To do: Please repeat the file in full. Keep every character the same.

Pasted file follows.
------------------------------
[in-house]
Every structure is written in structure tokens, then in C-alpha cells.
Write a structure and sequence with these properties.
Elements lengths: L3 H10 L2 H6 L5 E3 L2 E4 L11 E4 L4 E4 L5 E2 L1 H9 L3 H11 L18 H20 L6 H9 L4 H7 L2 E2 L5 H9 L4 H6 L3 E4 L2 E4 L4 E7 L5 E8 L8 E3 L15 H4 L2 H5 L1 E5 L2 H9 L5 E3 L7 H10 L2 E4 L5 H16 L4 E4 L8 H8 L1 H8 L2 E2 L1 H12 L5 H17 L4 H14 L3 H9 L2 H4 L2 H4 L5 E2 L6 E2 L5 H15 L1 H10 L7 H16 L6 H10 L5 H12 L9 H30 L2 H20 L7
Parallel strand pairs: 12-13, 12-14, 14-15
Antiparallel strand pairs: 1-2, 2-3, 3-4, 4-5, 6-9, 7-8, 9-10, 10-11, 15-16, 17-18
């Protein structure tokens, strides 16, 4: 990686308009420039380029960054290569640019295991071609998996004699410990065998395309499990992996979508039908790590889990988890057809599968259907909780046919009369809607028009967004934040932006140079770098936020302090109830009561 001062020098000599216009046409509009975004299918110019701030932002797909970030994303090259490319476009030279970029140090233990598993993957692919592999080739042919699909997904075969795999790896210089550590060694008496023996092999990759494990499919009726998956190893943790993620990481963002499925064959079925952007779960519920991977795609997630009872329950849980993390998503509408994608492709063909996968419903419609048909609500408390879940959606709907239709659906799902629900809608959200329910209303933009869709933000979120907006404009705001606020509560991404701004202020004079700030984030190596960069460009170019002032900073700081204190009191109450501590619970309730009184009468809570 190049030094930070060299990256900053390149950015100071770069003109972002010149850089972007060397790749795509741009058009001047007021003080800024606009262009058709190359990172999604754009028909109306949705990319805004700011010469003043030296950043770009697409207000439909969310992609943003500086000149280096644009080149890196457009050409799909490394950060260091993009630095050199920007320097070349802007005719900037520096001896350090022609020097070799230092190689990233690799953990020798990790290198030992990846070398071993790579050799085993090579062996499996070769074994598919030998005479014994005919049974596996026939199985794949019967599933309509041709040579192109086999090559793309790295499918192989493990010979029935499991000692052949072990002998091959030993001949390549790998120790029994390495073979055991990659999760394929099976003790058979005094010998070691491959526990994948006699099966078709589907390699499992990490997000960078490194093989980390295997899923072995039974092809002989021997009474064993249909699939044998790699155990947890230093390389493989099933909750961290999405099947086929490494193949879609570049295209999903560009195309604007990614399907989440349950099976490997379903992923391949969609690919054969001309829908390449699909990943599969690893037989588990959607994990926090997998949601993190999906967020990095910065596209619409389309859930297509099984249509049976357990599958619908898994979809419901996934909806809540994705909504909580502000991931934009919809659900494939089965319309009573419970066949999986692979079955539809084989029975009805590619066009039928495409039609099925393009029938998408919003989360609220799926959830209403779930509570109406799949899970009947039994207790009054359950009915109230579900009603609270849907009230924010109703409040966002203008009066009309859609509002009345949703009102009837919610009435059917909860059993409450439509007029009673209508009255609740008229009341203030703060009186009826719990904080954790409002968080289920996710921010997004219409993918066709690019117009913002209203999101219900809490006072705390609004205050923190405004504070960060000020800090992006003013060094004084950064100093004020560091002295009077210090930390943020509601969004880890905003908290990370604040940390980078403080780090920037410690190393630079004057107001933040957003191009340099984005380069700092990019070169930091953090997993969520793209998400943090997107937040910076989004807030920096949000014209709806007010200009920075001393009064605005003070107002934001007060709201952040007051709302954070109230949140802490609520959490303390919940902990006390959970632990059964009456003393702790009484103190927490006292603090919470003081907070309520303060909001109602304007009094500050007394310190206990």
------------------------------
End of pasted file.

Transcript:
[in-house]
Every structure is written in structure tokens, then in C-alpha cells.
Write a structure and sequence with these properties.
Elements lengths: L3 H10 L2 H6 L5 E3 L2 E4 L11 E4 L4 E4 L5 E2 L1 H9 L3 H11 L18 H20 L6 H9 L4 H7 L2 E2 L5 H9 L4 H6 L3 E4 L2 E4 L4 E7 L5 E8 L8 E3 L15 H4 L2 H5 L1 E5 L2 H9 L5 E3 L7 H10 L2 E4 L5 H16 L4 E4 L8 H8 L1 H8 L2 E2 L1 H12 L5 H17 L4 H14 L3 H9 L2 H4 L2 H4 L5 E2 L6 E2 L5 H15 L1 H10 L7 H16 L6 H10 L5 H12 L9 H30 L2 H20 L7
Parallel strand pairs: 12-13, 12-14, 14-15
Antiparallel strand pairs: 1-2, 2-3, 3-4, 4-5, 6-9, 7-8, 9-10, 10-11, 15-16, 17-18
């Protein structure tokens, strides 16, 4: 990686308009420039380029960054290569640019295991071609998996004699410990065998395309499990992996979508039908790590889990988890057809599968259907909780046919009369809607028009967004934040932006140079770098936020302090109830009561 001062020098000599216009046409509009975004299918110019701030932002797909970030994303090259490319476009030279970029140090233990598993993957692919592999080739042919699909997904075969795999790896210089550590060694008496023996092999990759494990499919009726998956190893943790993620990481963002499925064959079925952007779960519920991977795609997630009872329950849980993390998503509408994608492709063909996968419903419609048909609500408390879940959606709907239709659906799902629900809608959200329910209303933009869709933000979120907006404009705001606020509560991404701004202020004079700030984030190596960069460009170019002032900073700081204190009191109450501590619970309730009184009468809570 190049030094930070060299990256900053390149950015100071770069003109972002010149850089972007060397790749795509741009058009001047007021003080800024606009262009058709190359990172999604754009028909109306949705990319805004700011010469003043030296950043770009697409207000439909969310992609943003500086000149280096644009080149890196457009050409799909490394950060260091993009630095050199920007320097070349802007005719900037520096001896350090022609020097070799230092190689990233690799953990020798990790290198030992990846070398071993790579050799085993090579062996499996070769074994598919030998005479014994005919049974596996026939199985794949019967599933309509041709040579192109086999090559793309790295499918192989493990010979029935499991000692052949072990002998091959030993001949390549790998120790029994390495073979055991990659999760394929099976003790058979005094010998070691491959526990994948006699099966078709589907390699499992990490997000960078490194093989980390295997899923072995039974092809002989021997009474064993249909699939044998790699155990947890230093390389493989099933909750961290999405099947086929490494193949879609570049295209999903560009195309604007990614399907989440349950099976490997379903992923391949969609690919054969001309829908390449699909990943599969690893037989588990959607994990926090997998949601993190999906967020990095910065596209619409389309859930297509099984249509049976357990599958619908898994979809419901996934909806809540994705909504909580502000991931934009919809659900494939089965319309009573419970066949999986692979079955539809084989029975009805590619066009039928495409039609099925393009029938998408919003989360609220799926959830209403779930509570109406799949899970009947039994207790009054359950009915109230579900009603609270849907009230924010109703409040966002203008009066009309859609509002009345949703009102009837919610009435059917909860059993409450439509007029009673209508009255609740008229009341203030703060009186009826719990904080954790409002968080289920996710921010997004219409993918066709690019117009913002209203999101219900809490006072705390609004205050923190405004504070960060000020800090992006003013060094004084950064100093004020560091002295009077210090930390943020509601969004880890905003908290990370604040940390980078403080780090920037410690190393630079004057107001933040957003191009340099984005380069700092990019070169930091953090997993969520793209998400943090997107937040910076989004807030920096949000014209709806007010200009920075001393009064605005003070107002934001007060709201952040007051709302954070109230949140802490609520959490303390919940902990006390959970632990059964009456003393702790009484103190927490006292603090919470003081907070309520303060909001109602304007009094500050007394310190206990």